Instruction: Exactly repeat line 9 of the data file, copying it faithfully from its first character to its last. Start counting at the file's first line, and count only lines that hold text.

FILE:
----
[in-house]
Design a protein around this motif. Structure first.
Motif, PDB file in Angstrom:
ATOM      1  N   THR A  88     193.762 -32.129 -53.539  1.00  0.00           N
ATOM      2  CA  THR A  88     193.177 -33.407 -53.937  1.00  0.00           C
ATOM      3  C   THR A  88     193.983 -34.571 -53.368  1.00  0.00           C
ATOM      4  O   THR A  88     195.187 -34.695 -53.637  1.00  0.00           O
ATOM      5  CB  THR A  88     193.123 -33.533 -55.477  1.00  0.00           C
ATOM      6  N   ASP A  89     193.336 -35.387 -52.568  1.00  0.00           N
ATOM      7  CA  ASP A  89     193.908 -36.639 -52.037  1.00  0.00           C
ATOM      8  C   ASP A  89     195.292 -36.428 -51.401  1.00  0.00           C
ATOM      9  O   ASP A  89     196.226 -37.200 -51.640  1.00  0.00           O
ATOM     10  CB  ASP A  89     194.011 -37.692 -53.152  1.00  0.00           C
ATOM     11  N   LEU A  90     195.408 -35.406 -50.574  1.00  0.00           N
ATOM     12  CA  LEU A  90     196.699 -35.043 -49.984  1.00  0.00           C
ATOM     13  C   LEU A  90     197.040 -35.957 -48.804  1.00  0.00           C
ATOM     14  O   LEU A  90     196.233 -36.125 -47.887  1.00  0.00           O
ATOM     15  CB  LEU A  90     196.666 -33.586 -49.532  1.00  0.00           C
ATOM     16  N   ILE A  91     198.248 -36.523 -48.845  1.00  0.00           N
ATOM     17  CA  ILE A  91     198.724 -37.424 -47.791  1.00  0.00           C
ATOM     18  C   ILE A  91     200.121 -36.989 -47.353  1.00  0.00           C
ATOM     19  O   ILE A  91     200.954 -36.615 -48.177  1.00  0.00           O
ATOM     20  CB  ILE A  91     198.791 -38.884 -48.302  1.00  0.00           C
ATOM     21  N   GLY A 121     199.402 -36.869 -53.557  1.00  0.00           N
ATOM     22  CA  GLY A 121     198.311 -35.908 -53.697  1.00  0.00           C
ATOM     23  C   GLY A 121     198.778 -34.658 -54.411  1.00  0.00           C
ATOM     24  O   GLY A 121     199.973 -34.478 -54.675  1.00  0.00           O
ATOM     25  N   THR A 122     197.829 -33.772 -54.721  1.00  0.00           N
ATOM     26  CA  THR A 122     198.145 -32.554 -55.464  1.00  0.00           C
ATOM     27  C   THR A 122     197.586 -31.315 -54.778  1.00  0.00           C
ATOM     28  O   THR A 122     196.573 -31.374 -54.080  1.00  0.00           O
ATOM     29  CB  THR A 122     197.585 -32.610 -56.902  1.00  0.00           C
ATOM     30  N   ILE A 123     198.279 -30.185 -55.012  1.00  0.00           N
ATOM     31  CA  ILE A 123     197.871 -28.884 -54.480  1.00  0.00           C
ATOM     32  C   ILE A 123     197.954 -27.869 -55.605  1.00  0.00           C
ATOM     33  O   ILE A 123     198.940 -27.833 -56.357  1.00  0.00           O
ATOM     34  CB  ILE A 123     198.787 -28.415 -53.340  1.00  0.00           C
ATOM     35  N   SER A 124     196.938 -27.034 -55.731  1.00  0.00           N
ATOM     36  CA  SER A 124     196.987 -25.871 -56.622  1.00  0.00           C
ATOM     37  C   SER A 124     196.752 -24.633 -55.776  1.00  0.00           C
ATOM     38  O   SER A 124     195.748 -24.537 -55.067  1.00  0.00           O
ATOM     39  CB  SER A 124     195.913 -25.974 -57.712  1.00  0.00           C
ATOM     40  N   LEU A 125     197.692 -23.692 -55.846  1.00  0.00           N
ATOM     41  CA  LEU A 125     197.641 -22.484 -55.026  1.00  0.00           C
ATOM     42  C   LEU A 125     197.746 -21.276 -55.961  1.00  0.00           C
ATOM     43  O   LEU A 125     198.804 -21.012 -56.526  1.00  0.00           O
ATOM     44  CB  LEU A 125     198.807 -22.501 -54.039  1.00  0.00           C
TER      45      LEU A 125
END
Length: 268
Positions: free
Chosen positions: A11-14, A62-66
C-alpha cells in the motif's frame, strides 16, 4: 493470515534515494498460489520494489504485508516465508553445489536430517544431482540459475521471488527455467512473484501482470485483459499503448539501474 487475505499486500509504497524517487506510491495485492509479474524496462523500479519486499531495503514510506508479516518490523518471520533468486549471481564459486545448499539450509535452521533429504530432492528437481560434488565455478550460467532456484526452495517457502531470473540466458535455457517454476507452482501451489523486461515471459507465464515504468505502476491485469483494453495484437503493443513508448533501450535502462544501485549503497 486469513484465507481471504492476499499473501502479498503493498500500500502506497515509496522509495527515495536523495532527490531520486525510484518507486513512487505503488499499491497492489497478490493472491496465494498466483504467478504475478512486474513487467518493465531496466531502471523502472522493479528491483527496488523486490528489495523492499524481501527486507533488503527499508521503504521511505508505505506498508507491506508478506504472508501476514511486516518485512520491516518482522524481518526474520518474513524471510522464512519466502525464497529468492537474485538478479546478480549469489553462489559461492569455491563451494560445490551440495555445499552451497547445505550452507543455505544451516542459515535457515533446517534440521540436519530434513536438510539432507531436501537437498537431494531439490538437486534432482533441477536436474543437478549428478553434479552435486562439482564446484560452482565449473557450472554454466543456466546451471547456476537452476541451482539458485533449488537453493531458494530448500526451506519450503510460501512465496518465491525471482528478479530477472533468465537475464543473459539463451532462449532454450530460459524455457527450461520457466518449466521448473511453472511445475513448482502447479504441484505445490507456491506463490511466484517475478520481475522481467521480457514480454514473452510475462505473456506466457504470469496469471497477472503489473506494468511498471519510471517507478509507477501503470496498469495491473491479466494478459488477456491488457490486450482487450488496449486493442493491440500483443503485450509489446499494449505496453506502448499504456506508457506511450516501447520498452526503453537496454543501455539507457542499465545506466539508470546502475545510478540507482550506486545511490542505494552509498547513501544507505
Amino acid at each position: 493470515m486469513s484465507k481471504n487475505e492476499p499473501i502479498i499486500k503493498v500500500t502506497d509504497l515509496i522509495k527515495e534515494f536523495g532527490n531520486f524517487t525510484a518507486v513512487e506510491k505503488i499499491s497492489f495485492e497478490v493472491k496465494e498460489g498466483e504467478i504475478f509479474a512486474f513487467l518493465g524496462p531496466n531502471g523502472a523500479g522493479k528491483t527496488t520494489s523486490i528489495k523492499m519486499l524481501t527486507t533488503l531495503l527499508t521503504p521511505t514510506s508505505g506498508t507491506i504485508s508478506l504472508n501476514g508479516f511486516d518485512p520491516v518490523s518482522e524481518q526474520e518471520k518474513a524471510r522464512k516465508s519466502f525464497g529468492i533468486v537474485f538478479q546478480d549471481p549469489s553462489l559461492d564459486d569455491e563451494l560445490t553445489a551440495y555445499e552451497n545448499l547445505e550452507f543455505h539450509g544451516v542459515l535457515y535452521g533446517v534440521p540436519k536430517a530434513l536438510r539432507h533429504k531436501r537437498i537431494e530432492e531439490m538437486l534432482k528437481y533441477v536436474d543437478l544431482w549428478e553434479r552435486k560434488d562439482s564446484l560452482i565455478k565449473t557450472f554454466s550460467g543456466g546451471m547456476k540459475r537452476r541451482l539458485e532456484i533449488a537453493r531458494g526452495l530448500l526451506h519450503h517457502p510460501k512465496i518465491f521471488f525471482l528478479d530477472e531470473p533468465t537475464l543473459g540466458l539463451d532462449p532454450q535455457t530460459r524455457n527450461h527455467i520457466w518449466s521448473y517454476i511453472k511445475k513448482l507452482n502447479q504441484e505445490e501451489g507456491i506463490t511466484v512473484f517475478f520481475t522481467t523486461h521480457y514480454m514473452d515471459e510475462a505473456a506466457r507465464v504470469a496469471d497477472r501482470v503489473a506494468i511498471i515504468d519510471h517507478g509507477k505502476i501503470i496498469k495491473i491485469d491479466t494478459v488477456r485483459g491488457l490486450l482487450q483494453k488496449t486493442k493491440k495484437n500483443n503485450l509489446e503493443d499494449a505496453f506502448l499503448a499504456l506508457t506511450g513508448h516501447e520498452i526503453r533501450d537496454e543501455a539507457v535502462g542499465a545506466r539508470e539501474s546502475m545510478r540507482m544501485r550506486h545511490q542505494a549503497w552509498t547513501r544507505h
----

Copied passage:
ATOM      6  N   ASP A  89     193.336 -35.387 -52.568  1.00  0.00           N